Guadalajara is a Top Winter Destination for Travelers

Share Article

Guadalajara Tourism Shares the City's Best Open-Air Markets, Events and Tours for the Coming Winter Months

With its warm days and cool evenings, winter is the ideal time to visit Guadalajara, the ultimate getaway for U.S. travelers seeking sun, fun, and culture. Beat the summer rainy season by exploring the natural beauty of Guadalajara and enjoying the markets and cultural events that give the city its character. Travelers can explore the destination at little cost right now by taking advantage of a favorable exchange rate.

Known as the shopping capital of Mexico, Guadalajara is home to the largest indoor market in Latin America, the largest jewelry marketplace, and a mall entirely dedicated to shoes. Neighboring Tlaquepaque is a small colonial town home to some of the best traditional handicrafts and decorative arts in Mexico, and is particularly famous for its pottery and blown glass. The area’s high-end artisanal items can be as low as US$5. Tlaquepaque's main shopping stores are located on a pedestrian-only street, Independencia, where shoppers can go door to door to visit boutiques selling handmade jewelry, pottery, glassware, and home goods. Travelers can enjoy an authentic shopping experience at these popular markets:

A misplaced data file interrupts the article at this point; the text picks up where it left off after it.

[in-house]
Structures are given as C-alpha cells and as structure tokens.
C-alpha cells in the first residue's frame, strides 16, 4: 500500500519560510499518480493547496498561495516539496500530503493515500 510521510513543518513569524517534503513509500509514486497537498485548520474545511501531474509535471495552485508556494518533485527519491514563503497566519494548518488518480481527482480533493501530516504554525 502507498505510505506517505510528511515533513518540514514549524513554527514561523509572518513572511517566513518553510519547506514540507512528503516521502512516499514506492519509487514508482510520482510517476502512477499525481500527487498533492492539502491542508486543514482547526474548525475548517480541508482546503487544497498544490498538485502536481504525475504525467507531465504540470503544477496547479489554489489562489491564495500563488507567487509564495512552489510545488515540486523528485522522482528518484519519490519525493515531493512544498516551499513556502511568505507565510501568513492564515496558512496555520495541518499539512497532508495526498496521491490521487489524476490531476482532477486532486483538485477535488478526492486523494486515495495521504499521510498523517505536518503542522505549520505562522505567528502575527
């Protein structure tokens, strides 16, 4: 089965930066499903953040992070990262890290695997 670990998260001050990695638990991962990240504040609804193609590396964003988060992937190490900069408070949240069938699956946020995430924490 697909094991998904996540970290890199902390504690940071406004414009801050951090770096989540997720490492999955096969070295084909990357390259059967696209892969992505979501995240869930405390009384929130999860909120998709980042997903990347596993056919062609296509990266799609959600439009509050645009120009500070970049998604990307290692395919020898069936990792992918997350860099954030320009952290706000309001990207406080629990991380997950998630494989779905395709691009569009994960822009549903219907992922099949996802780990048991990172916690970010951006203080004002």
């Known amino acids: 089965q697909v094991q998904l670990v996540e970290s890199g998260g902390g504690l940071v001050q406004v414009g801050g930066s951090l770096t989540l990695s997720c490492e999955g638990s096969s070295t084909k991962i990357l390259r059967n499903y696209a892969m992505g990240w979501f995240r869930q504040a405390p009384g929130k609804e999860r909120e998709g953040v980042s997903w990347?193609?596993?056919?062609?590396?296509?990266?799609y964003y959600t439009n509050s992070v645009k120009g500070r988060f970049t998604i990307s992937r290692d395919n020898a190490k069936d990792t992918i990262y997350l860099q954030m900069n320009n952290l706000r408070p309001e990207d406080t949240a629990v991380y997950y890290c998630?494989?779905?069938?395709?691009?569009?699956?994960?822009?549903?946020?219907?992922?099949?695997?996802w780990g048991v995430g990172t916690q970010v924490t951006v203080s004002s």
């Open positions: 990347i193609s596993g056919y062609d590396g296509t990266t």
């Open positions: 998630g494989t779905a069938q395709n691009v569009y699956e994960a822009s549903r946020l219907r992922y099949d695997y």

• Mercado Libertad, also known as San Juan de Dios market (Calz Javier Mina No.52), is the largest enclosed market in Mexico, featuring three themed floors and more than 2,800 vendors. The first floor features fresh produce, sweets, and a variety of spices. Restaurants can be found on the second floor, and on the recently-added third level vendors sell items such as hand painted masks, colorful blankets, terra cotta bowls, and regional clothing. The market is open daily from 7:00 a.m. until 8:00 p.m.